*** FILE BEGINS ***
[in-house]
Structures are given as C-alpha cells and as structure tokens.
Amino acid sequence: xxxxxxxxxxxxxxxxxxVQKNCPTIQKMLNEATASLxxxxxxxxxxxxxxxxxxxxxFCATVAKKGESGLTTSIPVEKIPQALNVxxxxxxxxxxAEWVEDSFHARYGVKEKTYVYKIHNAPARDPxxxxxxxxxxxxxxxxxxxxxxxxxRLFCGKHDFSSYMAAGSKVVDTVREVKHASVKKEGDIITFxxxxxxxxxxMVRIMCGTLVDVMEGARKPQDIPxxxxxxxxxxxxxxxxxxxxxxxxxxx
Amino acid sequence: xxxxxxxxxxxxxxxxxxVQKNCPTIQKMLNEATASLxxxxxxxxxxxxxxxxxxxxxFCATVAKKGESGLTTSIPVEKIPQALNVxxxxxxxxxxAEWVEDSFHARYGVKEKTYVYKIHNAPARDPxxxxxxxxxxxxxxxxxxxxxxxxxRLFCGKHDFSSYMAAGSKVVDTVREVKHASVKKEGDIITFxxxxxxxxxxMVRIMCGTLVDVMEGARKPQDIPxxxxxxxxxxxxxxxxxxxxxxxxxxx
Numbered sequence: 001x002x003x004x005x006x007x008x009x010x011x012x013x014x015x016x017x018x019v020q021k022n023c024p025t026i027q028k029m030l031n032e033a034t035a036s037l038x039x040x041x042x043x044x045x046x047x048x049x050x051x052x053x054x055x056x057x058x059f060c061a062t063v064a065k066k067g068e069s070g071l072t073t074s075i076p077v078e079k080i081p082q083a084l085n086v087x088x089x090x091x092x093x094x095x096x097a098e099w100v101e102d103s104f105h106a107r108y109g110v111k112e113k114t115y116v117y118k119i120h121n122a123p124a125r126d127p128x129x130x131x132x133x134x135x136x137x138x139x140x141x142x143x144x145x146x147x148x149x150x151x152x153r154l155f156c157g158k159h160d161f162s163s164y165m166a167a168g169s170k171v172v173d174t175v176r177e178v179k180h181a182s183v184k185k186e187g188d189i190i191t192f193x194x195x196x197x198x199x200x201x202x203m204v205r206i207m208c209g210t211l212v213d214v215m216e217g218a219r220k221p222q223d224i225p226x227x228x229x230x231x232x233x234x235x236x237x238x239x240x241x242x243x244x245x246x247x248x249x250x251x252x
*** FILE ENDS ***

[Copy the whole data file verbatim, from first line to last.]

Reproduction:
[in-house]
Structures are given as C-alpha cells and as structure tokens.
Amino acid sequence: xxxxxxxxxxxxxxxxxxVQKNCPTIQKMLNEATASLxxxxxxxxxxxxxxxxxxxxxFCATVAKKGESGLTTSIPVEKIPQALNVxxxxxxxxxxAEWVEDSFHARYGVKEKTYVYKIHNAPARDPxxxxxxxxxxxxxxxxxxxxxxxxxRLFCGKHDFSSYMAAGSKVVDTVREVKHASVKKEGDIITFxxxxxxxxxxMVRIMCGTLVDVMEGARKPQDIPxxxxxxxxxxxxxxxxxxxxxxxxxxx
Amino acid sequence: xxxxxxxxxxxxxxxxxxVQKNCPTIQKMLNEATASLxxxxxxxxxxxxxxxxxxxxxFCATVAKKGESGLTTSIPVEKIPQALNVxxxxxxxxxxAEWVEDSFHARYGVKEKTYVYKIHNAPARDPxxxxxxxxxxxxxxxxxxxxxxxxxRLFCGKHDFSSYMAAGSKVVDTVREVKHASVKKEGDIITFxxxxxxxxxxMVRIMCGTLVDVMEGARKPQDIPxxxxxxxxxxxxxxxxxxxxxxxxxxx
Numbered sequence: 001x002x003x004x005x006x007x008x009x010x011x012x013x014x015x016x017x018x019v020q021k022n023c024p025t026i027q028k029m030l031n032e033a034t035a036s037l038x039x040x041x042x043x044x045x046x047x048x049x050x051x052x053x054x055x056x057x058x059f060c061a062t063v064a065k066k067g068e069s070g071l072t073t074s075i076p077v078e079k080i081p082q083a084l085n086v087x088x089x090x091x092x093x094x095x096x097a098e099w100v101e102d103s104f105h106a107r108y109g110v111k112e113k114t115y116v117y118k119i120h121n122a123p124a125r126d127p128x129x130x131x132x133x134x135x136x137x138x139x140x141x142x143x144x145x146x147x148x149x150x151x152x153r154l155f156c157g158k159h160d161f162s163s164y165m166a167a168g169s170k171v172v173d174t175v176r177e178v179k180h181a182s183v184k185k186e187g188d189i190i191t192f193x194x195x196x197x198x199x200x201x202x203m204v205r206i207m208c209g210t211l212v213d214v215m216e217g218a219r220k221p222q223d224i225p226x227x228x229x230x231x232x233x234x235x236x237x238x239x240x241x242x243x244x245x246x247x248x249x250x251x252x